For me grace in the context of spiritual awakening is the gift of our life force freely and unconditionally bestowed upon human beings. Every experience in life is a gift to us manifested by our feeling of just being alive and present. Everything in life is the gift of grace from the mysterious infinite consciousness we are. Our spirit of wanting to intimately know this life force as our very being, our deep desire to actually be the fullness of our life force expressing itself through our heart, is a gift of grace. Our willingness to surrender, again and again, to this deepest desire is our true joy. And our willingness to continually give grace away, is what allows us to realize the joy is always flowing through us, as us, with no beginning or end.
In my contemplative practice, I’m continually drawn back to particular phrases and verses. Each time I discover new implications from them developing new aides on the spiritual journey. One of these is from the 18th century mystic William Blake:
He who binds to himself a joy, does the winged life destroy.
He who kisses the joy as it flies, lives in eternity’s sunrise.
Blake is inviting us to love the joy while it’s here, even as it is always dissolving into new forms of expression. If we don’t cling to our joy, we can be all the more intimate with it while it’s here. Caught in the fear of losing joy, we are unknowingly obstructing its continual flow. Liberated from this fear, joy and freedom melt together as we kiss it all flying by.
Living in eternity’s sunrise is an invitation to live fully in the moment. Living fully in the joy of the moment without getting caught in anticipation of the next moment, is an expression of eternity. Eternity is not an incalculably long time period of time; eternity is beyond time, without time, timeless. This is the actual nature of each moment flowing simultaneously with all time and all space. We are always simply here and now. This becomes more and more obvious the less energy we put into clinging to our ideas of being separate from the flow of grace, from the flow of our aliveness as consciousness itself.
When we welcome the faceless tombstones of our personal attachments with the joy of our spirit of inquiry, our energies are directed towards our oneness with Infinite Consciousness. The more we do this, the more the grace of self realization is naturally allowed to saturate our awareness.
With Blake’s verse, we can substitute pretty much anything else we try to grasp and hold onto. This verse can be a profound teaching about holding onto power, love, money, suffering, self, pleasure, or personal free will. So we can say:
She who is bound to the idea of self, puts the winged life on the shelf. She who kisses self as it flies, lives in eternity’s sunrise. Or, She who binds to herself divine mystery’s will, reduces the winged life to nil.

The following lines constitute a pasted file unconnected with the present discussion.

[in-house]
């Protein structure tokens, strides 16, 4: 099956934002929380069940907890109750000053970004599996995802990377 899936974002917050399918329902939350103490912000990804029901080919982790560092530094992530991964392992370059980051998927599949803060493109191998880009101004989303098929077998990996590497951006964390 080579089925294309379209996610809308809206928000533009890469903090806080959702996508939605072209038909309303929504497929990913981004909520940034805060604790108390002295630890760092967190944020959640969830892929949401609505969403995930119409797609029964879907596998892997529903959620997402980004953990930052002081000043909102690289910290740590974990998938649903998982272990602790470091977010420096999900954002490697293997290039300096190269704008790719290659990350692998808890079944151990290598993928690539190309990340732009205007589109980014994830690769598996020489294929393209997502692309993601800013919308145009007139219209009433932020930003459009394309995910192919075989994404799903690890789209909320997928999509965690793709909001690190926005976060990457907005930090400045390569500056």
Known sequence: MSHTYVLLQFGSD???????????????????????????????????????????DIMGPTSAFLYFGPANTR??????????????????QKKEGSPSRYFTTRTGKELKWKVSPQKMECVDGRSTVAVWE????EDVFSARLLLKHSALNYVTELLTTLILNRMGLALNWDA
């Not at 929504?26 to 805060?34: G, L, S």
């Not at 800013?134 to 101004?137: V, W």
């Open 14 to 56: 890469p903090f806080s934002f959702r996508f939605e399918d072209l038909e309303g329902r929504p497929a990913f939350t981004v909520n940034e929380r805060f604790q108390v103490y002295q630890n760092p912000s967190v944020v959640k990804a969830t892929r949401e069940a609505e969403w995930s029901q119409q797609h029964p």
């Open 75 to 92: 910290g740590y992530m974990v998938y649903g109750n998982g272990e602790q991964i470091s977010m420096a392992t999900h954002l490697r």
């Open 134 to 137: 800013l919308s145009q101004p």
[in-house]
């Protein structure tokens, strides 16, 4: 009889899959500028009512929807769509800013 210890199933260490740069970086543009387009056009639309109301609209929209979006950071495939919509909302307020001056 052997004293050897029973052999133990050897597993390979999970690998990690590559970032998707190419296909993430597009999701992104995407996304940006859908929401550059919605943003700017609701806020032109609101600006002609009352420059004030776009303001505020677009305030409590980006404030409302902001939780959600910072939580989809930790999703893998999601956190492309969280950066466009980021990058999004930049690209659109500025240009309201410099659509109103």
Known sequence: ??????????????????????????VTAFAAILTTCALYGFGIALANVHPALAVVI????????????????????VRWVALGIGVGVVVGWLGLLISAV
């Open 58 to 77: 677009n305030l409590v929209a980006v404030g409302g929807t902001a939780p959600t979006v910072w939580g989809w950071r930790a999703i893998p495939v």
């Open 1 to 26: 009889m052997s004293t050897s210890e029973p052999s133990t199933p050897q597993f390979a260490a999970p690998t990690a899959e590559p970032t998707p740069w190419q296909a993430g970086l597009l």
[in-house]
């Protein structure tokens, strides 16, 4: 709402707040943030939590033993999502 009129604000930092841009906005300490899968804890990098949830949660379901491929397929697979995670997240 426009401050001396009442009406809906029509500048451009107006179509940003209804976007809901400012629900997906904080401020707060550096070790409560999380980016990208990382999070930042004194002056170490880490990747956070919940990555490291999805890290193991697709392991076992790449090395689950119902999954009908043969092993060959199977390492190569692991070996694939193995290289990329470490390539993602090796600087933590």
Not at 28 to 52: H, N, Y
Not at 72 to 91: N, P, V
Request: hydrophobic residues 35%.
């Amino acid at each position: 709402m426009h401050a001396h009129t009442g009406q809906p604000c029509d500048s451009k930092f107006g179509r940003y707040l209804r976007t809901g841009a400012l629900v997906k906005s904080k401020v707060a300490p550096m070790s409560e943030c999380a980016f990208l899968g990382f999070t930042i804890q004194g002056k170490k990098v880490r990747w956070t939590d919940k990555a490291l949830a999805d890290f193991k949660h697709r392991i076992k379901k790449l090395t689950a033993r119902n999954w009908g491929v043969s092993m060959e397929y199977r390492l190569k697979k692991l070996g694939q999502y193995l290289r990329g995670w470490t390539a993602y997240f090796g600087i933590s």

Everything is flying by, the free flow of our experience is like a river, and we can never step into the river in the same place twice. Our very being, our awareness here and now is the river. I remember a story about a devotee of Ram Dass’s guru Neem Karoli Baba, called Maharaji by his devotees. He said that what was so amazing about Maharaji wasn’t that he loved everybody. After all, he was one of India’s greatest saints, so people expected that he love everybody. “But what was so amazing was that when I was in his presence, I loved everybody.” The power of Maharaji’s presence is so infectious because he has no resistance to the continual flow of grace, his presence simply is love.
Freedom, love, and grace arise together, and we gradually learn to embody them together. When we simply are love, we simply are freedom, we simply are grace, and we freely express them as we freely receive them. As aspirants on the path, we don’t need to try to become freedom and joy, or try to possess them. We simply need to pay attention to the unconditional love and freedom of grace that is always already here.
The cd Awake is now available, and I highly recommend getting it. It’s a movie/documentary about Yogananda bringing his Kriya Yoga teachings to the West from India. It’s very illuminating to see what’s changed, and hasn’t changed since he arrived on the American spiritual scene in 1920. Someone once asked him about Human Effort and Grace:
“In the history of religion there is a perennial debate as to which is more important: divine grace, or human effort. The answer is quite simple, and the masters have tried to convey it to people in their teachings. Man must do his best, of course. His best, however will be crowned with success to the extent that he realizes that it isn’t he, as a human being, who is acting, but God who is acting through him, inspiring and guiding him.
To think of God as the doer doesn’t make a person passive. It takes great effort of will to be receptive to him. The devotee must offer himself positively and joyfully into the flow of inner grace. The power that is in you is your own, but God-given. Use it; God won’t use it for you. The more you attune your will, during activity, to His infinite will, the more you will find His power and blessing strengthening and guiding you in everything you do.”